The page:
Flag of Mississippi

Flag of Mississippi

Flag of Mississippi
Use Civil and state flag Civil and state flag
Proportion 2:3
Adopted April 23, 1894
Design Three horizontal stripes of blue, white and red. The canton is square, spans 2 stripes, and Confederate Battle Flag.

The Flag of the State of Mississippi was adopted by the U.S. state of Mississippi in 1894. It is the only United States state flag that incorporates the Battle Flag of the Confederacy.


Pledge to the Mississippi State Flag

The pledge to the state flag is:

I salute the flag of Mississippi and the sovereign state for which it stands with pride in her history and achievements and with confidence in her future under the guidance of Almighty God.

1861 flag

The Magnolia Flag

When Mississippi seceded from the Union on January 9, 1861, near the beginning of the Civil War, the Bonnie Blue Flag (a single white star on a blue field) was raised over the capitol building in Jackson as a sign of independence. On January 26, Mississippi officially adopted a new flag which included the Bonnie Blue Flag in its canton and a magnolia tree in its center field. Known as the Magnolia Flag, it remained in use until 1894.

2001 flag referendum

2001 proposed flag of Mississippi

In 2000, the Supreme Court of Mississippi ruled[2] that state legislation in 1906 had repealed the adoption of the state flag in 1894, so what was considered to be the official state flag was only so through custom and usage.[3] Governor Ronnie Musgrove appointed an independent commission which developed a new proposed design,[3] and on April 17, 2001, a state referendum to change the flag was put before Mississippi voters. The proposal would have replaced the Confederate battle flag with a blue canton with 20 stars. The outer ring of 13 stars would represent the original Thirteen Colonies, the ring of six stars would represent the six nations that have had sovereignty over Mississippi territory (various Indian nations as a collective nation, France, Spain, Great Britain, the United States, and the Confederate States), and the inner and slightly larger star would represent Mississippi itself. The 20 stars would also represent Mississippi's status as the 20th member of the United States.[4] The new flag was soundly defeated in a vote of 64% to 36% and the old flag was retained.[5]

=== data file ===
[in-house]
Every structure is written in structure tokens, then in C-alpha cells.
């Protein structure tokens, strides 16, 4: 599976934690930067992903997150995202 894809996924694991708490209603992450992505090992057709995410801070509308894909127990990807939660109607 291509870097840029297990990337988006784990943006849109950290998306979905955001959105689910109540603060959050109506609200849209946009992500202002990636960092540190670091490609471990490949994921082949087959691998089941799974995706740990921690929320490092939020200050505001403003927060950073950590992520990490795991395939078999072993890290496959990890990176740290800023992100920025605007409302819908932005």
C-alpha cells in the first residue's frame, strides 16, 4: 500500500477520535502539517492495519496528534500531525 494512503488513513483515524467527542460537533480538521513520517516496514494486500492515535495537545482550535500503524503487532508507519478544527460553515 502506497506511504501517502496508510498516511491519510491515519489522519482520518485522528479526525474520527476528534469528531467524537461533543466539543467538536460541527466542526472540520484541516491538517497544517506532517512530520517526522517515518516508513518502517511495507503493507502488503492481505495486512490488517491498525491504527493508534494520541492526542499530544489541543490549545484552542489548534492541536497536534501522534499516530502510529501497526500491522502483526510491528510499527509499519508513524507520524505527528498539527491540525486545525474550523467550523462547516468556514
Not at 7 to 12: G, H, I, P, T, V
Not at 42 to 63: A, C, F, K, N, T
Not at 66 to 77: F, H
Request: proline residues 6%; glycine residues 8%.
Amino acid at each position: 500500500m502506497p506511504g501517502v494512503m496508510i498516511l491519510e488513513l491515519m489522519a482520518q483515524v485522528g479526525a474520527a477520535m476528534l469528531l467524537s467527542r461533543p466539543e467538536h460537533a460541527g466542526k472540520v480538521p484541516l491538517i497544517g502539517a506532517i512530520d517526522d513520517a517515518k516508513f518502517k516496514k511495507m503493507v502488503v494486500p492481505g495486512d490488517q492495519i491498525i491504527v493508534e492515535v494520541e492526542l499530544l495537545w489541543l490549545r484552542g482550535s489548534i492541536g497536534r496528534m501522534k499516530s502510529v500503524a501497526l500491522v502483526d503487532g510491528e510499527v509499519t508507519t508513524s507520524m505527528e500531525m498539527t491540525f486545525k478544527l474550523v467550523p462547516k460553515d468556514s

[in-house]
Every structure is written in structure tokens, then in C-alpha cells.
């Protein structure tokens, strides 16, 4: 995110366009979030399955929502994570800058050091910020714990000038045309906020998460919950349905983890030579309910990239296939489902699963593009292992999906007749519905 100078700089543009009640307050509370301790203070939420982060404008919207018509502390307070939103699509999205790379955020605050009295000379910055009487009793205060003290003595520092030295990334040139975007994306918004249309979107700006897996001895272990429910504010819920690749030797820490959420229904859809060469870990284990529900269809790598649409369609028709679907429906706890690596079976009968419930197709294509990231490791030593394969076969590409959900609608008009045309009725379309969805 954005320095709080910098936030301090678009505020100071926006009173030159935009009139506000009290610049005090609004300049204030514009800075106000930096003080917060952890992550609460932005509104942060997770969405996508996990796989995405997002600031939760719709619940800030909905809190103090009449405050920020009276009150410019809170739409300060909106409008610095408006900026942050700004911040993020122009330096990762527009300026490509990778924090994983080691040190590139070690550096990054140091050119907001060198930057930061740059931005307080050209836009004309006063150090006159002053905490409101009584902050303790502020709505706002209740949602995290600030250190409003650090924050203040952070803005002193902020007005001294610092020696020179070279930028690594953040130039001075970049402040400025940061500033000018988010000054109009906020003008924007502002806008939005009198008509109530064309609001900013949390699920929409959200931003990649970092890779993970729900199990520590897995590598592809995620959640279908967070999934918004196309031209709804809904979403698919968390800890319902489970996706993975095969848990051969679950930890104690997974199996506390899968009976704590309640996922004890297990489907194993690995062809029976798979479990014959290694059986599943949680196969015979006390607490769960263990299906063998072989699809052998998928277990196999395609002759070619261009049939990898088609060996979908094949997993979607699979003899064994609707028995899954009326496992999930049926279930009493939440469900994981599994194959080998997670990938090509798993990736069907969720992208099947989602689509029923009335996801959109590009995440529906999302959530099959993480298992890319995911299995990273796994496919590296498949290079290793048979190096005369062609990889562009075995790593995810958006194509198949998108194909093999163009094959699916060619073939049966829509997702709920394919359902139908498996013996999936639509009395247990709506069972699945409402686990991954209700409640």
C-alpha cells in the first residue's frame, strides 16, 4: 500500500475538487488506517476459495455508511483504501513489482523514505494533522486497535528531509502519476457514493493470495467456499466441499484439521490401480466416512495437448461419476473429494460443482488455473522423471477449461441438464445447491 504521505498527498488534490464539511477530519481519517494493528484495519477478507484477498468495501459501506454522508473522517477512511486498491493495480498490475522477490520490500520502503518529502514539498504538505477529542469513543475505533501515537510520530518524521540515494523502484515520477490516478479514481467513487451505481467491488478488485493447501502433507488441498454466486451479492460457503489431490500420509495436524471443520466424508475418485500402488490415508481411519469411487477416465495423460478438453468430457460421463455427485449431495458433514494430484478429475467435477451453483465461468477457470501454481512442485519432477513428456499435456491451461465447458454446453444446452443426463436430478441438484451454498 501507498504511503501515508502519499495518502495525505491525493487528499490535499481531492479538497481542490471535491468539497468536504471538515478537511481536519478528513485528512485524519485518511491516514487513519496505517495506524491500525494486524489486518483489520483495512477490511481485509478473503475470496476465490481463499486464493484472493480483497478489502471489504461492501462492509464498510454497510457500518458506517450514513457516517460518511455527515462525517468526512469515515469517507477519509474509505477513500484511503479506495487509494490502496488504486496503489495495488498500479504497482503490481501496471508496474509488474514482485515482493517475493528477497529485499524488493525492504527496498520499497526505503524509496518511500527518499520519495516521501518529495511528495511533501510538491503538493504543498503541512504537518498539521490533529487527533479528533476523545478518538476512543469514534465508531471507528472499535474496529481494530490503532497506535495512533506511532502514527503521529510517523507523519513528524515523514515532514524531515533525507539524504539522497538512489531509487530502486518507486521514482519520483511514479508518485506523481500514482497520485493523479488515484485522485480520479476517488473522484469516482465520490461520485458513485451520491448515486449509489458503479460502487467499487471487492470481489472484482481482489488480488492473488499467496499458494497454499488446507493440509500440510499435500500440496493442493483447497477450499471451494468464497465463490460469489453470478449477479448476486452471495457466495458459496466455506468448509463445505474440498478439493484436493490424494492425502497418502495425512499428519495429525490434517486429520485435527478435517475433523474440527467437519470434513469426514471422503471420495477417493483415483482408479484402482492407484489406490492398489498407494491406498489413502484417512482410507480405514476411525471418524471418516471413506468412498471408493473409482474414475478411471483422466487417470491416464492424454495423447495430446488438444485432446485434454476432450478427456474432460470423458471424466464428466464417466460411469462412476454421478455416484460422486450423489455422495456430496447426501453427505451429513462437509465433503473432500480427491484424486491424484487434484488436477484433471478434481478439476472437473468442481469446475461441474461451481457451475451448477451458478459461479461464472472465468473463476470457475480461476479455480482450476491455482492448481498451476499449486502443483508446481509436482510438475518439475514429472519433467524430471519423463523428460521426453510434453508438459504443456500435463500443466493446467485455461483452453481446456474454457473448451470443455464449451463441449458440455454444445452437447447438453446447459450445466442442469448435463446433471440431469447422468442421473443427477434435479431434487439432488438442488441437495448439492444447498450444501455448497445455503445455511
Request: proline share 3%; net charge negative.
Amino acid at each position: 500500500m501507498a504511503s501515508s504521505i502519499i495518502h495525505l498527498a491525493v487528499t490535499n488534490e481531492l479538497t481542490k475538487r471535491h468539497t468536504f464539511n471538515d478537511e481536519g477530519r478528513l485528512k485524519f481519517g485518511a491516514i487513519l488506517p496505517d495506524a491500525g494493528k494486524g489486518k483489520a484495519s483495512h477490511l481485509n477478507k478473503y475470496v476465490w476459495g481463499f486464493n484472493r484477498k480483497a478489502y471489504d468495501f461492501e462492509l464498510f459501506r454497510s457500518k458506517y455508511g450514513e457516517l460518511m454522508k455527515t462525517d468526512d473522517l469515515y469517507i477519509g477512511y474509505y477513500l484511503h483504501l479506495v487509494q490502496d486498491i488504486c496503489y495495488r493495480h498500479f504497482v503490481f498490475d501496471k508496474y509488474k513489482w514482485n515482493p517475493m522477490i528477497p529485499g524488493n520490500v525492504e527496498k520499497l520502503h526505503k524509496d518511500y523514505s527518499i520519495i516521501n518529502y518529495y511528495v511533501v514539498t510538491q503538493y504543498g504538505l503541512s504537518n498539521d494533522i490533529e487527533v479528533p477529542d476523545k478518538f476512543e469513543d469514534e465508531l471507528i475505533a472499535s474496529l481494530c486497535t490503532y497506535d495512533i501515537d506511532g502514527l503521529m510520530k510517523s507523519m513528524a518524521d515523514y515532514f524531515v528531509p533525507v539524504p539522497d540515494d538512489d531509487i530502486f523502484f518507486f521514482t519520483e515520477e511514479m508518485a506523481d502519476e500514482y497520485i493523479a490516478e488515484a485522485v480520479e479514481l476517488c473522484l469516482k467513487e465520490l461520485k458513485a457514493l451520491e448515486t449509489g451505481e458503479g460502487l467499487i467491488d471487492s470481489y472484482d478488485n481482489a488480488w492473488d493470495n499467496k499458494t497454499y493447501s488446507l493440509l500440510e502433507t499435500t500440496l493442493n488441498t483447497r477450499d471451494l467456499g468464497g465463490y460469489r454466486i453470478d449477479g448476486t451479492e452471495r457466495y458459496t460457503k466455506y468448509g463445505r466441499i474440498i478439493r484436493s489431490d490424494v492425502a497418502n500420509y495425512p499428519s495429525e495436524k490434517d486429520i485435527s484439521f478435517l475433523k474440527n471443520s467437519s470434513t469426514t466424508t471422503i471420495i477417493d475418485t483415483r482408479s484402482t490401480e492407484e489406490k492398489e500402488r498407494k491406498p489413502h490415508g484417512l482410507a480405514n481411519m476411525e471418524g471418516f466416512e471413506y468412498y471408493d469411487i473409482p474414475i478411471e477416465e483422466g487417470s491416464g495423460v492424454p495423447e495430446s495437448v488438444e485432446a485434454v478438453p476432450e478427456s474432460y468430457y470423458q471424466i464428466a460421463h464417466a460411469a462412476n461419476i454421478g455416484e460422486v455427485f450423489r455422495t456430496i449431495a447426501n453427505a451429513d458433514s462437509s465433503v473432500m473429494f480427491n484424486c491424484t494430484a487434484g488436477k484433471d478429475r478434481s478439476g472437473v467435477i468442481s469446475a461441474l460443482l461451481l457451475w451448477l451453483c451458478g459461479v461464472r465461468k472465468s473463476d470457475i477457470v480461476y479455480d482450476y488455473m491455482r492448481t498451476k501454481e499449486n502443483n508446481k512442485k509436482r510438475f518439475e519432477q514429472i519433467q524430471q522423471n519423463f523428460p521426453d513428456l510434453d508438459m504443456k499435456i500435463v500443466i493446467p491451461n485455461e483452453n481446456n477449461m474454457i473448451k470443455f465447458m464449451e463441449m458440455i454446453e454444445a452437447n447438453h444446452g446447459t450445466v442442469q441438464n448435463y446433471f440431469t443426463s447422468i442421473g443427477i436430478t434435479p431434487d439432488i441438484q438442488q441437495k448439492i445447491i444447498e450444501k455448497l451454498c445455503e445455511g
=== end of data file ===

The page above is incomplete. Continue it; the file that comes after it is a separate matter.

See also


  1. ^ Miss. Code Ann., Section 37-13-7 (1972)
  2. ^ Mississippi Division of the United Sons of Confederate Veterans v. Mississippi State Conference of NAACP Branches, 774 So.2d 388 (Miss. 2000)
  3. ^ a b Dedman IV, James M. (Fall 2001). "At Daggers Drawn: The Confederate Flag and the School Classroom - A Case Study of a Broken First Amendment Formula". Baylor Law Review 53: 877, 883. 
  4. ^ "Mississippi will retain its 107-year-old flag". CNN. 2001-04-17. http://archives.cnn.com/2001/ALLPOLITICS/04/18/mississippi.flag/index.html. Retrieved 2007-10-21. 
  5. ^ "Election Results" (PDF). State of Mississippi. 2001-04-27. Archived from the original on 2007-11-26. http://web.archive.org/web/20071126205132/http://www.sos.state.ms.us/elections/FlagVote/CountyScans/CertStateResults.pdf. Retrieved 2007-10-21. 

External links

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